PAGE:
Increased Body Mass Index and Metabolic Syndrome Are Associated with Poor Outcomes in SARS-CoV-2-Positive Emergency Department Patients

Joby J. Thoppil, Lauren K. Stewart, Leland Pung, Kristen E. Nordenholz, Carlos A. Camargo, D. Mark Courtney, Jeffrey A. Kline

Research output: Contribution to journalArticlepeer-review

3 Scopus citations


Background: Increased body mass index (BMI) and metabolic syndrome (MetS) have been associated with adverse outcomes in viral syndromes. We sought to examine associations of increased BMI and MetS on several clinical outcomes in patients tested for severe acute respiratory syndrome coronavirus 2 (SARS-CoV-2). Methods: The registry of suspected COVID-19 in emergency care (RECOVER) is an observational study of SARS-CoV-2-tested patients (n=27,051) across 155 United States emergency departments (EDs). We used multivariable logistic regression to test for associations of several predictor variables with various clinical outcomes. Results: We found that a BMI ≥30 kg/m2 increased odds of SARS-CoV-2 test positivity (odds ratio [OR], 1.30; 95% confidence interval [CI], 1.23-1.38), while MetS reduced odds of testing positive for SARS-CoV-2 (OR, 0.76; 95% CI, 0.71-0.82). Adjusted multivariable analysis found that MetS was significantly associated with the need for admission (OR, 2.11; 95% CI, 1.89-2.37), intensive care unit (ICU) care (OR, 1.58; 95% CI, 1.40-1.78), intubation (OR, 1.46; 95% CI, 1.28-1.66), mortality (OR, 1.29; 95% CI, 1.13-1.48), and venous thromboembolism (OR, 1.51; 95% CI, 1.07-2.13) in SARS-CoV-2-positive patients. Similarly, BMI ≥40 kg/m2 was significantly associated with ICU care (OR, 1.97; 95% CI, 1.65-2.35), intubation (OR, 2.69; 95% CI, 2.22-3.26), and mortality (OR, 1.50; 95% CI, 1.22-1.84). Conclusion: In this large nationwide sample of ED patients, we report a significant association of both high BMI and composite MetS with poor outcomes in SARS-CoV-2-positive patients. Findings suggest that composite MetS profile may be a more universal predictor of adverse disease outcomes, while the impact of BMI is more heavily modulated by SARS-CoV-2 status.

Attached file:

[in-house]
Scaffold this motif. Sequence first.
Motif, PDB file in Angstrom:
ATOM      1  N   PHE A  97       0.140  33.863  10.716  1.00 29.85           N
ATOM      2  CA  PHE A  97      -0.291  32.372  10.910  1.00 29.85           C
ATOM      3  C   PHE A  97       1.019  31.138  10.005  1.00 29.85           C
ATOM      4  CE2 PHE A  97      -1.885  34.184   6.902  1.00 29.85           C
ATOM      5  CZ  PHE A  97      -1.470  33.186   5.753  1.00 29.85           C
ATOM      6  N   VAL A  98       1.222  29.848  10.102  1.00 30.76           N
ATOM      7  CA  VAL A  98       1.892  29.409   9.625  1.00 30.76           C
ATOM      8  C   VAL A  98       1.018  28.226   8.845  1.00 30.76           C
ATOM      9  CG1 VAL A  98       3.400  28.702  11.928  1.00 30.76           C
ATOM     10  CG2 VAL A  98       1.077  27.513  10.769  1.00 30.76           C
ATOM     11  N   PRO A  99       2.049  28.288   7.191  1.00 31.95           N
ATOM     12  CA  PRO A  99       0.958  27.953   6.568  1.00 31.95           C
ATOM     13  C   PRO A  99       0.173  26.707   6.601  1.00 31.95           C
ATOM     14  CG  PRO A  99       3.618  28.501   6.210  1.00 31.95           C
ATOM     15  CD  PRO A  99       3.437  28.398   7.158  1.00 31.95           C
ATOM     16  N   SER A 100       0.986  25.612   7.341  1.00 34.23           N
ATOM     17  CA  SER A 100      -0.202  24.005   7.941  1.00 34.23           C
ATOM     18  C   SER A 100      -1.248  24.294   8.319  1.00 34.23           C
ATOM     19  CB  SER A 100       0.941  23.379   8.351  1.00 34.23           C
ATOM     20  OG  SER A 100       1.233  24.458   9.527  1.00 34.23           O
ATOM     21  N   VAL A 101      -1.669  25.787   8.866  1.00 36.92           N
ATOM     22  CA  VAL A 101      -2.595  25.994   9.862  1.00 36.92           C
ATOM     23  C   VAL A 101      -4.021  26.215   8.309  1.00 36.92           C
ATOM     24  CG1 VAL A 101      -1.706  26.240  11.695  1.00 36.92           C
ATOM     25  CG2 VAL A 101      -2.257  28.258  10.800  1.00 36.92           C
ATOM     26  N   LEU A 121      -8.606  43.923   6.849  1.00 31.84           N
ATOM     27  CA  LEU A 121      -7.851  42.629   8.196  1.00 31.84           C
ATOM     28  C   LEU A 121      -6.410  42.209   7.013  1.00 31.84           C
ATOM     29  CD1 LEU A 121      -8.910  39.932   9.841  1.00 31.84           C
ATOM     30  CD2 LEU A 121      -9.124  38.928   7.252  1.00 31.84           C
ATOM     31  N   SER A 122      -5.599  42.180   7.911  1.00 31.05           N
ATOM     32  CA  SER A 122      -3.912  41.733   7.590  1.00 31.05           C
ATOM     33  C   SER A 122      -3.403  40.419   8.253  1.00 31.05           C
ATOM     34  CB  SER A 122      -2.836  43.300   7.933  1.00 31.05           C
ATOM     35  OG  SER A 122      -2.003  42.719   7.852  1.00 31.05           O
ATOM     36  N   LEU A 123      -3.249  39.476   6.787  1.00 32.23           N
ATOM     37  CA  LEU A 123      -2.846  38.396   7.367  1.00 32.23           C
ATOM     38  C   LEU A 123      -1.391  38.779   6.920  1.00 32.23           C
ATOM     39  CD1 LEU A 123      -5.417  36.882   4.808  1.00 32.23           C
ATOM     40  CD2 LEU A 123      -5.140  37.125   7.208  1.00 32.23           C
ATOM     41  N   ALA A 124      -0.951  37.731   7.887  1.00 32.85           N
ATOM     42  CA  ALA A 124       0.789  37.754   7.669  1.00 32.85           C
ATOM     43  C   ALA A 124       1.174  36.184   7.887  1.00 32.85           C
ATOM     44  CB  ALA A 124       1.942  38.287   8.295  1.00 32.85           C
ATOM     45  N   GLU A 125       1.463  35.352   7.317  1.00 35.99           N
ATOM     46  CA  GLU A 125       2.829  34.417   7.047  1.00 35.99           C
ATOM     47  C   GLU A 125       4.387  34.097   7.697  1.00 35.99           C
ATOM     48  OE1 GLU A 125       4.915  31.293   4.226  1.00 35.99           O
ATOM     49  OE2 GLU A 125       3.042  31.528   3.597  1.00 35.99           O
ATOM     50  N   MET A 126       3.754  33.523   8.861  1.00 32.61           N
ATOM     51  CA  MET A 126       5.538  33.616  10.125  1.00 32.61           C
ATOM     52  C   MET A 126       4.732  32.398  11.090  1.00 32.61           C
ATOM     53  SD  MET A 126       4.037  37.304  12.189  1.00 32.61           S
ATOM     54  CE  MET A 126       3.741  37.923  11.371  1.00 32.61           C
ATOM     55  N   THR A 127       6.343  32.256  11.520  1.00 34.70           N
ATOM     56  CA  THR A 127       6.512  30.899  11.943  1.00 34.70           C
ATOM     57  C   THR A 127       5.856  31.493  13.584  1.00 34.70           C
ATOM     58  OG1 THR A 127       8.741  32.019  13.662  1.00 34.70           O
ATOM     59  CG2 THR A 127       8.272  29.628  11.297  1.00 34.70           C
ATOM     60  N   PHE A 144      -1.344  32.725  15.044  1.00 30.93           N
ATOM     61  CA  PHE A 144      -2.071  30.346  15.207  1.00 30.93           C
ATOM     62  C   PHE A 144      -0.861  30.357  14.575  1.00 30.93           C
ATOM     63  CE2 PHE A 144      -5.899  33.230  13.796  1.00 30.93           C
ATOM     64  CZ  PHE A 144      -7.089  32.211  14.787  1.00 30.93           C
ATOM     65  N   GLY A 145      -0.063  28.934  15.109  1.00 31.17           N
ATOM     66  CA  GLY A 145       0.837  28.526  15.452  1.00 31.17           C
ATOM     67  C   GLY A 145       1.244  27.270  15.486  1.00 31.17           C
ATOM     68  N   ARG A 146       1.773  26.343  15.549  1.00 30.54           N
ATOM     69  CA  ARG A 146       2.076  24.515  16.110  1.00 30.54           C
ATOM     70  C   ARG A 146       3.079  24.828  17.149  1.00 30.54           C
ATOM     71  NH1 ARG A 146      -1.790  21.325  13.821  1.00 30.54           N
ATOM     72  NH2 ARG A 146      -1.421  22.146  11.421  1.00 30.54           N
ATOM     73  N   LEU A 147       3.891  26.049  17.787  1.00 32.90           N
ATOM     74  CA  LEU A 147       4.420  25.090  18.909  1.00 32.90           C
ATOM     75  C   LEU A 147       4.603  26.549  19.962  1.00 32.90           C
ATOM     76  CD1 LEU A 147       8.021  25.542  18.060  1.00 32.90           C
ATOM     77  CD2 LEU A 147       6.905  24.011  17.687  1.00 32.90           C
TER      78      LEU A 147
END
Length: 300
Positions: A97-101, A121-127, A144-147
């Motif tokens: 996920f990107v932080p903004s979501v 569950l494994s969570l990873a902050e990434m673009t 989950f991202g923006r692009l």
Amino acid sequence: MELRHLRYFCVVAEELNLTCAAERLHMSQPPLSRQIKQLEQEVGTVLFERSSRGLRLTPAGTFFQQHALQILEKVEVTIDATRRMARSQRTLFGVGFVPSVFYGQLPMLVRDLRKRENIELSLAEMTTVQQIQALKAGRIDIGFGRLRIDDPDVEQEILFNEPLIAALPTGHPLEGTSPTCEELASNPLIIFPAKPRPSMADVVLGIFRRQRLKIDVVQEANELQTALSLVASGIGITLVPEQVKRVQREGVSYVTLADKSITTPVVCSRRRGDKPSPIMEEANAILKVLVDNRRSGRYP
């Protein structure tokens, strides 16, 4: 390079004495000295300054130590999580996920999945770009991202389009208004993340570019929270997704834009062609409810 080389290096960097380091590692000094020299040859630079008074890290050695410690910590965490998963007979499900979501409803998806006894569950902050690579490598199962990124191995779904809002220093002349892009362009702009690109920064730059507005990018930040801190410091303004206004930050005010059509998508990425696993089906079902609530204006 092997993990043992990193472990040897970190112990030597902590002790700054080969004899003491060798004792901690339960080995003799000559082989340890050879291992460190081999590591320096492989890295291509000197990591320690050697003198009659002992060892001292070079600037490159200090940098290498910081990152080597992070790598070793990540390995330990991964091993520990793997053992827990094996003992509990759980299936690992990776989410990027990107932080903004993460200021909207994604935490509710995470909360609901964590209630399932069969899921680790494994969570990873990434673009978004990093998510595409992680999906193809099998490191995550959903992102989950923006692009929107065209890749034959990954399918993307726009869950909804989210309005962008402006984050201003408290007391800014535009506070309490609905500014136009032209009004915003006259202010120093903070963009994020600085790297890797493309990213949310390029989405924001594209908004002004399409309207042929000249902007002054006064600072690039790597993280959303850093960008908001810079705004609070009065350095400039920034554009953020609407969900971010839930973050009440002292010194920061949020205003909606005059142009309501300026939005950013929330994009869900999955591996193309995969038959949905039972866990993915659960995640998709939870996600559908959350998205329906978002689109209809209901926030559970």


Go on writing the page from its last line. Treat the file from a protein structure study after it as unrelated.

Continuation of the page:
Original languageEnglish (US)
Pages (from-to)245-253
Number of pages9
JournalJournal of Obesity and Metabolic Syndrome
Issue number3
StatePublished - Sep 2022
Externally publishedYes


  • Body mass index
  • COVID-19
  • Metabolic syndrome
  • Obesity
  • SARS-CoV-2

ASJC Scopus subject areas

  • Endocrinology, Diabetes and Metabolism


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